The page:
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The Sequence of the Human Genome:
Coming A Lot Sooner Than You Thought

September 1999

Francis S. Collins on behalf of the International Human DNA Sequencing Consortium:

Until less than a year ago, the Human Genome Project (HGP) projected that completion of the 3 Gb human DNA sequence would not happen until 2005. Several recent developments have led to a dramatic acceleration of that timetable. These include both technical advances, such as capillary sequencers and the automation of several steps in sequencing, and advances in the organization of large-scale data production efforts. The success of several large-scale, pilot, human sequencing projects and the completion of the DNA sequences of important model organisms such as C. elegans add growing confidence of the ability to carry out large-scale sequencing in a cost-effective manner.

Fundamental changes in the scientific approach to the public sequencing effort have occurred in 1999, many in the past three months. Consequently, the accrual of human sequence information has dramatically increased. By September 24,1999, 821 Mb of human sequence had been deposited in GenBank in finished (428.6 Mb) form or as "working draft", and the total should reach a billion base pairs in a matter of weeks. The first complete sequence of a human chromosome is anticipated before the end of the year. By next spring, 90 percent of the human DNA sequence should be freely available as a working draft. The working draft of the human sequence will be derived from BACs of known map position, sequenced to 4 to 5X coverage, with an average expected contig size of 10 to 20 kb. As useful as the working draft will be, the unswerving commitment of the international sequencing consortium remains the completion of the finished sequence, at an accuracy of at least 99.99 percent (error rate equal to or less than 1 in 10,000 bp), and with no gaps other than the few areas that are unclonable in current vectors.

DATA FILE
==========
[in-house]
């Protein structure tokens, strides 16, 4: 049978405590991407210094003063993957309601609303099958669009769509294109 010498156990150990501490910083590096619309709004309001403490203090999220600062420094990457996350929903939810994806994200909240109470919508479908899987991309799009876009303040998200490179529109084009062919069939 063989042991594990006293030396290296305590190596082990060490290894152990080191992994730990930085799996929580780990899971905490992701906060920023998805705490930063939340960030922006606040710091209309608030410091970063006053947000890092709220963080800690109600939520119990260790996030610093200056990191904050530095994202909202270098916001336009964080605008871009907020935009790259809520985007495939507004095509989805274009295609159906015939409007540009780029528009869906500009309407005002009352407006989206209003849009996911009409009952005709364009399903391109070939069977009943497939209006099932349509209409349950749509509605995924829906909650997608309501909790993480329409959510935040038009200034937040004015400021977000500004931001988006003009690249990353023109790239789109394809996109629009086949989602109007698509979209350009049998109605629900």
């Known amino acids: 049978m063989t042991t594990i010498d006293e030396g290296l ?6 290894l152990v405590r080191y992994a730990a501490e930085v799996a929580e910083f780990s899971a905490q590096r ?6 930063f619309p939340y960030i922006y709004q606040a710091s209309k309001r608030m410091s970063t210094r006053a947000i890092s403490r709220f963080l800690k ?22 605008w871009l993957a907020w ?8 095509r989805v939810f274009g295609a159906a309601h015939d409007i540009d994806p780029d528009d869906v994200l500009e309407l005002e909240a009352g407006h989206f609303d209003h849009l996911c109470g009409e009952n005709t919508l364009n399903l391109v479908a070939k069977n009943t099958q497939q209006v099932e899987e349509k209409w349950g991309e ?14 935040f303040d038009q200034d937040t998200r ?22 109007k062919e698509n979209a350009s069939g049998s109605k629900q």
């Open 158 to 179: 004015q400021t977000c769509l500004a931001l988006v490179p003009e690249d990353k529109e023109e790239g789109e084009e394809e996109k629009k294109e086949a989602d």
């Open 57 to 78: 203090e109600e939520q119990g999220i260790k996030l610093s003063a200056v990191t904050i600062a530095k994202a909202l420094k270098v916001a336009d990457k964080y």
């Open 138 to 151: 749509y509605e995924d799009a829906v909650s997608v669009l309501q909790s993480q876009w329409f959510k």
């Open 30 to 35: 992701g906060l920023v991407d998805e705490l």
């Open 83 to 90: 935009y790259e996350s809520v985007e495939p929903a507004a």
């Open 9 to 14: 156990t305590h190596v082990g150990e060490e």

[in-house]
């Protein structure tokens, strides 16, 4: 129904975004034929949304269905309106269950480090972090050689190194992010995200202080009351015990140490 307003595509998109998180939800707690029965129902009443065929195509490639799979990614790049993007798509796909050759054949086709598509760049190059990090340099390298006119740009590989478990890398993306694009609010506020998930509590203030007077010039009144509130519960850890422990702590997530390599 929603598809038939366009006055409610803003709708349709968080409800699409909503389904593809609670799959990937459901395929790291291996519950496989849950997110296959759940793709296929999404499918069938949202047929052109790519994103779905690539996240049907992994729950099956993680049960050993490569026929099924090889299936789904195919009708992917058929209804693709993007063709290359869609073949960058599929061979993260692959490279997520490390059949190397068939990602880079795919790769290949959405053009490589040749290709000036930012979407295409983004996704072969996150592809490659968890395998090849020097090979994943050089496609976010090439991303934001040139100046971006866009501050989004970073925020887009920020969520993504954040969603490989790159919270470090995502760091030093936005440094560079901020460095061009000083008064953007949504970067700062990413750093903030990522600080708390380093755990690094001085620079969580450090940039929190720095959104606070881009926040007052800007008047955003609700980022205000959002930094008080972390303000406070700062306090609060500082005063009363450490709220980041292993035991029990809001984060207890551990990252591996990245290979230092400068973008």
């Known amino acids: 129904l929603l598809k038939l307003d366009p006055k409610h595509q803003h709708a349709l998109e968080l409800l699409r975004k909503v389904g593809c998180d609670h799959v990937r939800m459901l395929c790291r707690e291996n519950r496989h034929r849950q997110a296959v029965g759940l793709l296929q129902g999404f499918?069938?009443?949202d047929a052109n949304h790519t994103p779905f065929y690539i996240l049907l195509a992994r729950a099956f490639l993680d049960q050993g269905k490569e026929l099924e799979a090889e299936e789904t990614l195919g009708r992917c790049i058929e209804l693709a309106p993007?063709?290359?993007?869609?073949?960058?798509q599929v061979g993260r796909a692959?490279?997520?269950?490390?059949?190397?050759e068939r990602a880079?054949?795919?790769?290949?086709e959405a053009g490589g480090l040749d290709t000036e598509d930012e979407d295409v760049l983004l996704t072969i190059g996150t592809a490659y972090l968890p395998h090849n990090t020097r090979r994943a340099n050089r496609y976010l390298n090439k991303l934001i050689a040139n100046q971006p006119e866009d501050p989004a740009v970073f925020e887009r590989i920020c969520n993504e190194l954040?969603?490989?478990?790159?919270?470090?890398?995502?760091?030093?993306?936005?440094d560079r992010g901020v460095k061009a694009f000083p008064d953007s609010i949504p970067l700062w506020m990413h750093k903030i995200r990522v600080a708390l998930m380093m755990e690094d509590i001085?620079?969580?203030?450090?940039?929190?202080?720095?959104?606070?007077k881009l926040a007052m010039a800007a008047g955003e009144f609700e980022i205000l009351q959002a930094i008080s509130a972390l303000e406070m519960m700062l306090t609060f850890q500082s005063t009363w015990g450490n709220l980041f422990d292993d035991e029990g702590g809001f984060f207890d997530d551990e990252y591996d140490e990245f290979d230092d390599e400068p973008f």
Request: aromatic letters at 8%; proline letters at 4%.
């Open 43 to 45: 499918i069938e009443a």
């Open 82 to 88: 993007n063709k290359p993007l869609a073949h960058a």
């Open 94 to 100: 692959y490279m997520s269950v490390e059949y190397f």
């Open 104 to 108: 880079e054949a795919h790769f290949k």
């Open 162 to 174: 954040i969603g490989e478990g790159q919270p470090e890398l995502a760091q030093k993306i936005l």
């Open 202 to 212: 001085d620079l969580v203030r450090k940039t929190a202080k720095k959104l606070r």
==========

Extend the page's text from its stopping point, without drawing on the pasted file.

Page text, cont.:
To achieve this accelerated timetable, the participants in the effort have organized themselves into an integrated team, and several additional resources of broad general utility have been generated. The genome has been completely allocated on a regional basis to the 16 international genome centers that have the capacity to rapidly carry out high throughput sequencing. Bacterial Artificial Chromosomes (BAC), seeded at roughly 0.4 Mb spacing, have been identified across the genome and are the first to be sequenced. As of September 1, 1999, restriction enzyme fingerprints of more than 267,000 clones from a deep, human BAC library (RPCI -11) have been generated; more than 169,000 have been fully analyzed and collapsed into a total of 10,470 contigs (containing 2 or more BACs), of which 8,287 have been localized using radiation hybrids or other methods. In addition, sequencing of all the ends of this BAC library and another (Cal Tech D) has almost been completed. The BAC end sequences and the fingerprint data provide a resource for rapidly walking out from the seed BACs. A central server, established by NCBI, keeps track of the status of individual BACs, in order to assist in project coordination and avoid duplication of effort.

Since 1996, the international sequencing consortium has been committed to the public release of all sequence information within 24 hours of assembly into 1 to 2 kb contigs. We continue to believe that the scientific community in both the public and private sectors, as well as the general public, is best served by the free and unimpeded access by all scientists to the fundamental information contained within the human genetic instruction book, and will continue to adhere to these principles.

Many researchers in human genetics spend a large fraction of their laboratory efforts mapping, cloning and sequencing human DNA. With the incipient availability of this unique resource, along with a catalog of common human variants (SNPs), the sequence of the mouse genome, and improved technologies for large-scale gene expression analysis, the face of human genetics research will change profoundly in the near future.


Cathy Yarbrough

Last updated: March 17, 2012